I, as you can guess, have a ton of pictures of my son on my desk at work. I mean.. look at him.. why wouldn’t I?
My students from last year are now in 3rd grade, and most of them still visit me on a daily basis.
Today, one of my girls visited me and saw his picture and said:
“Aww he’s so cute! He doesn’t even look like he has Down syndrome!”
This is one of those awkward moments that I know will repeat themselves over an over unless I do something about it in second grade. I know our world Down syndrome day event really helped the students in the building understand what Down syndrome is, but I want them to also be learning what to do when they encounter someone with any element of diversity.
I ignored the comment of course, but pledged to myself to make this a priority in my social education of the students that enter my classroom.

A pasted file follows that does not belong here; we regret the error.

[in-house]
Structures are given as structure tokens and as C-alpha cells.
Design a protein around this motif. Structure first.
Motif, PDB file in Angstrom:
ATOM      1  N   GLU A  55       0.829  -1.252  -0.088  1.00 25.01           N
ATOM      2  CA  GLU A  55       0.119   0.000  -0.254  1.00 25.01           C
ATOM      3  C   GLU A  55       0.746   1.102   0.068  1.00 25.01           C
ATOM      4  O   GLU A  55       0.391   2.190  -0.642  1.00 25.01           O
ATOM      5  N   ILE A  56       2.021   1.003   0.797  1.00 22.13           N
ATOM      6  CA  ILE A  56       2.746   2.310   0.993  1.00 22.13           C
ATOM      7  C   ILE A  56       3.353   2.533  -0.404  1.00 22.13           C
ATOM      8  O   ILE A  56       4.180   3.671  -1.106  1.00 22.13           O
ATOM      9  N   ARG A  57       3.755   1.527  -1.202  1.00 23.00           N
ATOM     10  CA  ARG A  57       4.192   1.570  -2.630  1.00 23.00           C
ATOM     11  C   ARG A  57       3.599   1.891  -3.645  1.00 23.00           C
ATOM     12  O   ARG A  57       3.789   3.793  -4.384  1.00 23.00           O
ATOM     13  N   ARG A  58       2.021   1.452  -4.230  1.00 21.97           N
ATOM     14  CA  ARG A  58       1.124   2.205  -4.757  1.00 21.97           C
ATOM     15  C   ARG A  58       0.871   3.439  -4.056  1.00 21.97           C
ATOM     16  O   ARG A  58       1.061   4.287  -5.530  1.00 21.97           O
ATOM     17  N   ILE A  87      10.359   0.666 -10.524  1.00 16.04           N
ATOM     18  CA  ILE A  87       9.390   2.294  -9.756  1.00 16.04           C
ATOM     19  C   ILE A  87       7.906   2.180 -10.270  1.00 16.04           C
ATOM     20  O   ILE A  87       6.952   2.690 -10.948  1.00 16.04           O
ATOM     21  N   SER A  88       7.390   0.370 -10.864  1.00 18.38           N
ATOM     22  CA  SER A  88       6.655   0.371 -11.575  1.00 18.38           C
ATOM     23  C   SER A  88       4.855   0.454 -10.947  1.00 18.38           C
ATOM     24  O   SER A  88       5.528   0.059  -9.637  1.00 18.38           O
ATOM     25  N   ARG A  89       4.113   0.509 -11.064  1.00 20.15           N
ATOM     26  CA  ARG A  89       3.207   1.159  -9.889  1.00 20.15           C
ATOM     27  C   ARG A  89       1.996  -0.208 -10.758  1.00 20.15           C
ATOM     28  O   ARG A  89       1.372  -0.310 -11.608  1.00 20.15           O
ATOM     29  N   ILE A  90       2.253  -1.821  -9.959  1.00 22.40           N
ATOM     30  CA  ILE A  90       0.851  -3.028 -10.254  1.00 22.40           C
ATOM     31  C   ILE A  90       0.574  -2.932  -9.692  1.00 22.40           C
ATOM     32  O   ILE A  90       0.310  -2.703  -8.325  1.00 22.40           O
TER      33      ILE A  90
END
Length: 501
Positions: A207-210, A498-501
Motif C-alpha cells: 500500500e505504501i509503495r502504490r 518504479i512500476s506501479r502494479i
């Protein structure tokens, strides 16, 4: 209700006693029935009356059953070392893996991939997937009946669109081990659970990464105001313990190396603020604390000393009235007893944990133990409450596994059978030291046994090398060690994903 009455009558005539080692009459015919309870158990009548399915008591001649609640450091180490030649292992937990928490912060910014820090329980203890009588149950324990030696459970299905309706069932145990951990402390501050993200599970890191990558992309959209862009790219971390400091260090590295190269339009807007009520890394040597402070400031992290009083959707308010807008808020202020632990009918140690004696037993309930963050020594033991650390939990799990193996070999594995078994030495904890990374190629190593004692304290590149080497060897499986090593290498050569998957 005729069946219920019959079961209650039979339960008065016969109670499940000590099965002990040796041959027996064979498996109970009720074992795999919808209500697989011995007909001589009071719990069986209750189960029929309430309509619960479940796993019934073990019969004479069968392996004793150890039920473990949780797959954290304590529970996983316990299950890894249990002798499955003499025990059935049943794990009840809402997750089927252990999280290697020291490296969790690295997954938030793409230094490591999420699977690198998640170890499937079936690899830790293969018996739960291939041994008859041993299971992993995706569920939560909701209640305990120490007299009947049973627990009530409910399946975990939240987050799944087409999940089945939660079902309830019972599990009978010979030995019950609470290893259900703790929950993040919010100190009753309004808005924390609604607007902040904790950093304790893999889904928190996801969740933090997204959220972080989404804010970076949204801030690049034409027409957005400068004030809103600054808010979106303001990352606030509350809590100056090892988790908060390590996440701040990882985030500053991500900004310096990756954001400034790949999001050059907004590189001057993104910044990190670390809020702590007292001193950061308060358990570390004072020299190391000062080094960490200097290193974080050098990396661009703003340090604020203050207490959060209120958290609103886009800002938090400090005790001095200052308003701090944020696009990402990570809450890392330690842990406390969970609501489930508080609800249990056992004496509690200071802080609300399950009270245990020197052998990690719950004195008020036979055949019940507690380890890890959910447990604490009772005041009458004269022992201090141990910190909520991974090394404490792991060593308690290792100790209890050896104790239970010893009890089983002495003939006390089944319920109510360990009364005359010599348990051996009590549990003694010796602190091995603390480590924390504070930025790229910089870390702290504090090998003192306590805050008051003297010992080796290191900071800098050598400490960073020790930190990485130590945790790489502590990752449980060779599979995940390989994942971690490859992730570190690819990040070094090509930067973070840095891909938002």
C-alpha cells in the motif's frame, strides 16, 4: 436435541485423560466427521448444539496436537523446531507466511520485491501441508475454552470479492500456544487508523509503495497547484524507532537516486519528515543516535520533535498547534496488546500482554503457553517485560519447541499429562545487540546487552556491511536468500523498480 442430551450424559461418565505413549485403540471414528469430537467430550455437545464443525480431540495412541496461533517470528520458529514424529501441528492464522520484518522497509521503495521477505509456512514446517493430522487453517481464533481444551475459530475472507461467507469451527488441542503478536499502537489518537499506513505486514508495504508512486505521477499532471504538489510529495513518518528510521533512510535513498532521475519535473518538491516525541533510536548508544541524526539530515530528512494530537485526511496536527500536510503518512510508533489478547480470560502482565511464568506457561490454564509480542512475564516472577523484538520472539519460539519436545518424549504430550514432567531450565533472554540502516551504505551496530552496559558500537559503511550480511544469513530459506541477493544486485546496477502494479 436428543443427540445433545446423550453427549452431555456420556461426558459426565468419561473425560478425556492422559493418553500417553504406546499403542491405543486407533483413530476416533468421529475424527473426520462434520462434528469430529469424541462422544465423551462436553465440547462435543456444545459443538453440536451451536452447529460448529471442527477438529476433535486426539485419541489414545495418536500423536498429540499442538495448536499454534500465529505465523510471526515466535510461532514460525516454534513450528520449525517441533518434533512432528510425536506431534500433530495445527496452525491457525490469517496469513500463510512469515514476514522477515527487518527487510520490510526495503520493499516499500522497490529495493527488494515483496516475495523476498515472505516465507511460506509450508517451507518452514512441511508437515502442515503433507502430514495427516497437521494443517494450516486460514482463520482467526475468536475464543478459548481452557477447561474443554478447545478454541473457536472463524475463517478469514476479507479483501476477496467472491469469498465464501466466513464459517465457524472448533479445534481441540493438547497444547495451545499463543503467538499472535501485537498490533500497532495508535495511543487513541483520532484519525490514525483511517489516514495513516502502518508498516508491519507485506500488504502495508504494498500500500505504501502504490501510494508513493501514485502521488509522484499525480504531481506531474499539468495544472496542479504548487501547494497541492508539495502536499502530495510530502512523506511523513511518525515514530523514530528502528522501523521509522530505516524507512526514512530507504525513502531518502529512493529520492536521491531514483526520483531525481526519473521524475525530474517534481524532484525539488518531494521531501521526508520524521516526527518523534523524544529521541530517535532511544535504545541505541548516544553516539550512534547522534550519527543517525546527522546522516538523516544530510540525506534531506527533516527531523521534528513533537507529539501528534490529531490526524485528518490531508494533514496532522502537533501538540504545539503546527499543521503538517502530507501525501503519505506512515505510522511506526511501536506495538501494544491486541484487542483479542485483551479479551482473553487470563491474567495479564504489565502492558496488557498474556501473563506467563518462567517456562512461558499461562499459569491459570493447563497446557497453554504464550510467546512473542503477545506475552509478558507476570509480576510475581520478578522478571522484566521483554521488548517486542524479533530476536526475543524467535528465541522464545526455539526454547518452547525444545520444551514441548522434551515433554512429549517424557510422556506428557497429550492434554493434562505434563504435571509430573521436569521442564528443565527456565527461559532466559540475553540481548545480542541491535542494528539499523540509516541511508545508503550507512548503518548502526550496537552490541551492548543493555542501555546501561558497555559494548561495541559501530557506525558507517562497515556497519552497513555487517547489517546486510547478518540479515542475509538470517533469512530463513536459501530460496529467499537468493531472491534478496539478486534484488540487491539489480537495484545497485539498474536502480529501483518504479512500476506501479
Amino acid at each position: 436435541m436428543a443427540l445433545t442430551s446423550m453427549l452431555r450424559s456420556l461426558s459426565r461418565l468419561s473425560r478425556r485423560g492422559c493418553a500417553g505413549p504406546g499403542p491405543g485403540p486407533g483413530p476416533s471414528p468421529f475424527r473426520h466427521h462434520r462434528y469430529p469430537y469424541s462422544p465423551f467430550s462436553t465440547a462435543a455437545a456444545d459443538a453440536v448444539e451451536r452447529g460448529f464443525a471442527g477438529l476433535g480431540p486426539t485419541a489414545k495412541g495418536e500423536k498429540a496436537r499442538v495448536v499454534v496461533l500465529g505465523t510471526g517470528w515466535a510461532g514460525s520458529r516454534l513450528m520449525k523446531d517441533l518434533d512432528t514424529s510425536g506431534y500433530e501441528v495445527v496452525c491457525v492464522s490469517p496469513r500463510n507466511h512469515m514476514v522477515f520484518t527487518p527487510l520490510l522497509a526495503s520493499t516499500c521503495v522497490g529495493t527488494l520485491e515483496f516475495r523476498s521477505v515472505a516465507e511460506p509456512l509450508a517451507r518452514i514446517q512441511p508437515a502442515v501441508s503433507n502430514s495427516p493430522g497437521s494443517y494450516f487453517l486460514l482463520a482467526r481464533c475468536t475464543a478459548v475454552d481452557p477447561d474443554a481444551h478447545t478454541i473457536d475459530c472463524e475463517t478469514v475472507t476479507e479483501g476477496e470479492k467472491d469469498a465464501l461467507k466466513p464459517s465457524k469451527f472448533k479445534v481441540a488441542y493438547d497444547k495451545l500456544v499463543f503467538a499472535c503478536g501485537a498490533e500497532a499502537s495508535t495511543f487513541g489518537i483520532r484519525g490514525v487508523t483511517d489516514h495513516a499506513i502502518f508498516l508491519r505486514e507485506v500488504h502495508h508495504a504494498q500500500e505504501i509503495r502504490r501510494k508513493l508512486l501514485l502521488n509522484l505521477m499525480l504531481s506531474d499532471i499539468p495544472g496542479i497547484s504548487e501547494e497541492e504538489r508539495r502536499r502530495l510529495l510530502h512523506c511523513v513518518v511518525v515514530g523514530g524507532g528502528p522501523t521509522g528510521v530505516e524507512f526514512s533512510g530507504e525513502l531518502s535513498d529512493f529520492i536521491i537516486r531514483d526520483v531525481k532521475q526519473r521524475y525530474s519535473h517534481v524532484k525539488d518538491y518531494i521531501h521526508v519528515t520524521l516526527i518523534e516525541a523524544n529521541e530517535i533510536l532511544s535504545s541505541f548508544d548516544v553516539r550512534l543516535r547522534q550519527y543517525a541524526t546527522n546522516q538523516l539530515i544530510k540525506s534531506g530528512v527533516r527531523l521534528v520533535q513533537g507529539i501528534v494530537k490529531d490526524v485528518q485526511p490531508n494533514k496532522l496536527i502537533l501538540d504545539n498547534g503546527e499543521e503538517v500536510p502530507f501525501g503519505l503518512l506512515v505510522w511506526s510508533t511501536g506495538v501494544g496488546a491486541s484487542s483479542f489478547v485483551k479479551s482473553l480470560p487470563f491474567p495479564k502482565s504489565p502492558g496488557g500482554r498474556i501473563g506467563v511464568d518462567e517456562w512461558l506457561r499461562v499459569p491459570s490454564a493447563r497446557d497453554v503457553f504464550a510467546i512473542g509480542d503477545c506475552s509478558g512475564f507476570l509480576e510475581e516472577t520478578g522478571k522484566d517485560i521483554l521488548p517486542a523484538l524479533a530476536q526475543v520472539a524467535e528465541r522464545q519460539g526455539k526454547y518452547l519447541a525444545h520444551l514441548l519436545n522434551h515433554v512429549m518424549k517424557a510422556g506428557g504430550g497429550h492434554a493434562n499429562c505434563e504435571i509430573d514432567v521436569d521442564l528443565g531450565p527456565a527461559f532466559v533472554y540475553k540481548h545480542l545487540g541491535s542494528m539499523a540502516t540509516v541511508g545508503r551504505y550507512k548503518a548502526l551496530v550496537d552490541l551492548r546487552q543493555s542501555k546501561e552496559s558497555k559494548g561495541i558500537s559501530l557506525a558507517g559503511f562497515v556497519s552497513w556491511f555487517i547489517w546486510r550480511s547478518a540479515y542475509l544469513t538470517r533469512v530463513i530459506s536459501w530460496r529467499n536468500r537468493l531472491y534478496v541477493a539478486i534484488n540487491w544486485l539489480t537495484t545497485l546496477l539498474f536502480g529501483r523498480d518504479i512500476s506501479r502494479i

Nicholas isn’t cute because he doesn’t look like he has Down syndrome, because he of course carries the common physical traits. He’s cute because the traits of Down syndrome mixed with the good looks of Mom and Dad 😉 make him perfectly unique. Add his amazing personality doesn’t hurt the situation either.
Somehow I need to teach them that these differences, although they have previously been seen as abnormalities, are just elements of diversity and make the world a beautiful and compassionate place.
I probably made too big of a deal about this in my head, but it’s what I’m thinking. I’m hyper-sensitive to these things now. Why do you all think?
See you Saturday.